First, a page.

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Tuesday, September 5, 2017

Hurricane Irma, Florida and Puerto Rico brace for storm

Hurricane Irma, which has strengthened to a Category 4 storm, is expected to slam the Caribbean and possibly the US
mainland this week.

The increasingly menacing storm would continue churning west in the Atlantic Ocean Tuesday and meteorologists say Puerto Rico and other Caribbean islands could begin to see its wrath by the end of the day, according to the National Hurricane Center.
As of 5 a.m. ET, the "dangerous major hurricane," was about 320 miles (515 kilometers) east of the Leeward Islands, the National Hurricane Center said. It is packing maximum sustained winds of 150 mph (240 kph) as it heads west at 14 mph (22 kph).
Landfall is expected early Wednesday on the island of Anguilla, the hurricane center said.
Computer models show the system swirling toward the Caribbean, and by the end of the week, it will turn right toward the north, said CNN meteorologist and weather anchor Pedram Javaheri.

While Irma's exact path is still uncertain, several islands in the Caribbean, as well as Florida, are bracing for the storm.
After declaring a state of emergency all across Florida, Gov. Rick Scott said President Donald Trump had "offered the full resources of the federal government as Floridians prepare for Hurricane Irma."
"In Florida, we always prepare for the worst and hope for the best, and while the exact path of Irma is not absolutely known at this time, we cannot afford to not be prepared," Scott said in a statement.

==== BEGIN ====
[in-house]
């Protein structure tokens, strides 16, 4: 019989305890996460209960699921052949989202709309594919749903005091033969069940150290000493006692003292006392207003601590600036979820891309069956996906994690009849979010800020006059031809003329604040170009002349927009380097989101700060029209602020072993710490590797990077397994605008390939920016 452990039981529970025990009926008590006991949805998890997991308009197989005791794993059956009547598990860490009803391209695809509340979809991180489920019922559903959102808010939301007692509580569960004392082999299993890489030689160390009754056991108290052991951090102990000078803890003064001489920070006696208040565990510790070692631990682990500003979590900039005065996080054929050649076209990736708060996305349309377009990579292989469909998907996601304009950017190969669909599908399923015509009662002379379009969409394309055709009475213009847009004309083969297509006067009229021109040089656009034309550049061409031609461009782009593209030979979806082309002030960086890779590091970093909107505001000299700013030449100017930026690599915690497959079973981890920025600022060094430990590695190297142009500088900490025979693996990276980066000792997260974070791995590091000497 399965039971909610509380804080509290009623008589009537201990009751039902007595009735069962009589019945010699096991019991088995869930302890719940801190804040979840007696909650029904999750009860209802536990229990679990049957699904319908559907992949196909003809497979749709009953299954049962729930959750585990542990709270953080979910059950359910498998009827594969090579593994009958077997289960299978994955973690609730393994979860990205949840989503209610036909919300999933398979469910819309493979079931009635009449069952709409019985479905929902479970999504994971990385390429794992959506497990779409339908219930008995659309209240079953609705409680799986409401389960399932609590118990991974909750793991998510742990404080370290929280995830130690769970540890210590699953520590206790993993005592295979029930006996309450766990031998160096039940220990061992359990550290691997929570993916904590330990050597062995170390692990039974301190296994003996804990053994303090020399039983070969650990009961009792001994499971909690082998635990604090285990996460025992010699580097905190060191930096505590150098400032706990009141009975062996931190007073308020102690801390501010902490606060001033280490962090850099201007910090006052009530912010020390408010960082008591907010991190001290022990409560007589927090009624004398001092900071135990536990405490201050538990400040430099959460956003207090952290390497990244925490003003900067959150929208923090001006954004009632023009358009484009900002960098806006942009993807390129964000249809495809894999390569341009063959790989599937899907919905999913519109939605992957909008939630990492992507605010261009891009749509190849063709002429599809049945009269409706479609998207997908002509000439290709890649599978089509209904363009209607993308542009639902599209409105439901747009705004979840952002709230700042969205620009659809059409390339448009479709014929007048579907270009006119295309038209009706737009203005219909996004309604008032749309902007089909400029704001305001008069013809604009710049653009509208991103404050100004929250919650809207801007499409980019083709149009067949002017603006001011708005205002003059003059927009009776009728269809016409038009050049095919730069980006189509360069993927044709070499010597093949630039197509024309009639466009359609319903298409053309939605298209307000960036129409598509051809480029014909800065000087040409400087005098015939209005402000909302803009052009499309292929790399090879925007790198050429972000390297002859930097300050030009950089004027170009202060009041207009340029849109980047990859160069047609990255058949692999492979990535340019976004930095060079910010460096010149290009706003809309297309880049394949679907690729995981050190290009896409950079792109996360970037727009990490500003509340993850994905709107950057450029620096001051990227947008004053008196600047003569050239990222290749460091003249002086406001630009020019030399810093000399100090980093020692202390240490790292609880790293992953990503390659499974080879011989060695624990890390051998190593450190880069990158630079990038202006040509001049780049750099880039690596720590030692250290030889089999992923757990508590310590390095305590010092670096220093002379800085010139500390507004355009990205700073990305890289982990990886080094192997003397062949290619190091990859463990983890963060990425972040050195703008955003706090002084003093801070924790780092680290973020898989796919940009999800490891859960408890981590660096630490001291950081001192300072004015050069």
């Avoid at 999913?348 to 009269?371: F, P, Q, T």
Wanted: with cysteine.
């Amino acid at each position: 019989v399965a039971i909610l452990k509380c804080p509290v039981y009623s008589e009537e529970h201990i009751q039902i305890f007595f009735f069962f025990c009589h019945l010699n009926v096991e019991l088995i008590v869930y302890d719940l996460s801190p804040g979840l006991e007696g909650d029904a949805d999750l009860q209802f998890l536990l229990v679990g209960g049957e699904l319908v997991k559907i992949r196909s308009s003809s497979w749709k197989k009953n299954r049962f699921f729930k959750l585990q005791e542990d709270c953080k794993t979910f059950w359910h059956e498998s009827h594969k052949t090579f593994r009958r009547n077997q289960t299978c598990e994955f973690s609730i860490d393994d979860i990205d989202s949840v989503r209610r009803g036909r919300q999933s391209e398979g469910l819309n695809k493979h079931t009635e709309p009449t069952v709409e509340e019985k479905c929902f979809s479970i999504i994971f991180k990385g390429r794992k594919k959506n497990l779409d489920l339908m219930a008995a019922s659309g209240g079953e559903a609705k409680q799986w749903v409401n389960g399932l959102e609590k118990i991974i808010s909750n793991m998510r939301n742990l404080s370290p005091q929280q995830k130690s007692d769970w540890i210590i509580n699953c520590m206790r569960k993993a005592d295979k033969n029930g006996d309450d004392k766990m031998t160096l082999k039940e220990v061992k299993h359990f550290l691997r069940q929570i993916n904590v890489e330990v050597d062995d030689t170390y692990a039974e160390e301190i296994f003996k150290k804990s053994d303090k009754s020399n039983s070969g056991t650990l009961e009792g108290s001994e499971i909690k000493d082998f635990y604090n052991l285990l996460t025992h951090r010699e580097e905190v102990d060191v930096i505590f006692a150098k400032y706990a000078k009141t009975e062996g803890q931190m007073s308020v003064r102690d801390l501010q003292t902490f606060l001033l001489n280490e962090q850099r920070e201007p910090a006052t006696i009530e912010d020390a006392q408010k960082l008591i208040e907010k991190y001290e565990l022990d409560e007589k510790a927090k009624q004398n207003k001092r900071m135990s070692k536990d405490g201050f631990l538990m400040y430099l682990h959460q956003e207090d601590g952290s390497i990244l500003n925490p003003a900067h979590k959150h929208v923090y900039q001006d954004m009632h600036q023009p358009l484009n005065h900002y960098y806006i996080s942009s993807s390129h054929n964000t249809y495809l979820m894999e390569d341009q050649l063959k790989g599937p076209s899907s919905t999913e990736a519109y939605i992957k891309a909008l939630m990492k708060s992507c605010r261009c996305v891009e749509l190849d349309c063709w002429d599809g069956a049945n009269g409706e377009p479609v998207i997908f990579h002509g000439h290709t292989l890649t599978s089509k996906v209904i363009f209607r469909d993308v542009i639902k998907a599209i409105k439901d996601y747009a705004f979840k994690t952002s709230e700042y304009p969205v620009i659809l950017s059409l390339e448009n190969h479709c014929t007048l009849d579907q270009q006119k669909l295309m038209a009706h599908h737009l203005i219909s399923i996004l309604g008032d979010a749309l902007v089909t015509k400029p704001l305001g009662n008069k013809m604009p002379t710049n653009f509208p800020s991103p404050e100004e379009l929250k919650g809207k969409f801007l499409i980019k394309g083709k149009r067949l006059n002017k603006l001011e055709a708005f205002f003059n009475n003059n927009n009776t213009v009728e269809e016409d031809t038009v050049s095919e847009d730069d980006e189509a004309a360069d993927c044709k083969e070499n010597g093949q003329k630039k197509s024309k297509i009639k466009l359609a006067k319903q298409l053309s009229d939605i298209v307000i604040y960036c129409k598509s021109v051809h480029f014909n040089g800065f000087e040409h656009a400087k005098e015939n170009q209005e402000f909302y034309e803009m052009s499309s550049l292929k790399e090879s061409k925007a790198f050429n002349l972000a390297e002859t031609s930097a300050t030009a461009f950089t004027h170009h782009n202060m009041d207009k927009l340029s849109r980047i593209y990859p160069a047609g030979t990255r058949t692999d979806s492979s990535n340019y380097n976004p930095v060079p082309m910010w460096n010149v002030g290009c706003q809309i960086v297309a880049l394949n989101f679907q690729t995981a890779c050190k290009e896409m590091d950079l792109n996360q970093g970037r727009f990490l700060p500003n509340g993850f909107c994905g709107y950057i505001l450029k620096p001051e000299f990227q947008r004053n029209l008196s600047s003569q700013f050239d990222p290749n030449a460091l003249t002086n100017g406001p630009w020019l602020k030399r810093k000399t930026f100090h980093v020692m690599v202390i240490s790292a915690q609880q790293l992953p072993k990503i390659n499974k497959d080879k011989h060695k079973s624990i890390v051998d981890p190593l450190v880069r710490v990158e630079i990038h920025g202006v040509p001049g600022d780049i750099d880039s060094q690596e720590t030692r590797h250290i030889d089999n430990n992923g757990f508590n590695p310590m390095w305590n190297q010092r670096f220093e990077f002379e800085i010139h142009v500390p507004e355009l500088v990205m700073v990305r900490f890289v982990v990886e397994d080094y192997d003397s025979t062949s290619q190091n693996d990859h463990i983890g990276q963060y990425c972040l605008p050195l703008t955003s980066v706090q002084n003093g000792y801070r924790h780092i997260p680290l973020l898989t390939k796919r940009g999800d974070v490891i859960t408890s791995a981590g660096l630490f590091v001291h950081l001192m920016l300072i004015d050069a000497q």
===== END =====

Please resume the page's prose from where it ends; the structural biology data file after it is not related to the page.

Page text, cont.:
Puerto Rico

Hundreds of people rushed to the stores, emptying shelves of food and drinking water just as the governor of Puerto Rico, Ricardo Rosselló, declared a state of emergency and activated the National Guard on Monday.
For hours, people also lined up outside hardware stores hoping to get plywood, batteries and power generators. If Irma knocks out power, Puerto Ricans said they are worried it would take weeks or months before the power is restored.

"It (power) is something absolutely necessary, especially due to Puerto Rico's weather. We need to have the A/C or a fan on all night," a woman told CNN affiliate WAPA.
Last month, the director of Puerto Rico's power utility Ricardo Ramos Rodríguez, said several factors have made the island's electric system "vulnerable and fragile," WAPA reported.
One of those factors is the shortage of employees. Many workers recently retired or left their jobs for better prospects in the US mainland, Ramos Rodríguez said.
Public schools and officials at the University of Puerto Rico campuses have canceled classes, and many businesses remain closed.

Puerto Rico and a string of Caribbean islands are under hurricane warnings, including the British and US Virgin Islands, Antigua, Barbuda, Anguilla, Montserrat, St. Kitts, Nevis, Saba, St. Eustatius, St. Martin/Sint Maarten and St. Barts, the hurricane center said.
Read: Hurricane Irma could be next weather disaster
The warnings are usually issued for areas that could see "tropical-storm-force winds" of up to 140 mph in about 36 hours after the alert goes into effect.
"Make a U-turn and die in the ocean, Irma. The Caribbean islands don't need more problems!," Twitter user Mujer tropical wrote about the storm.

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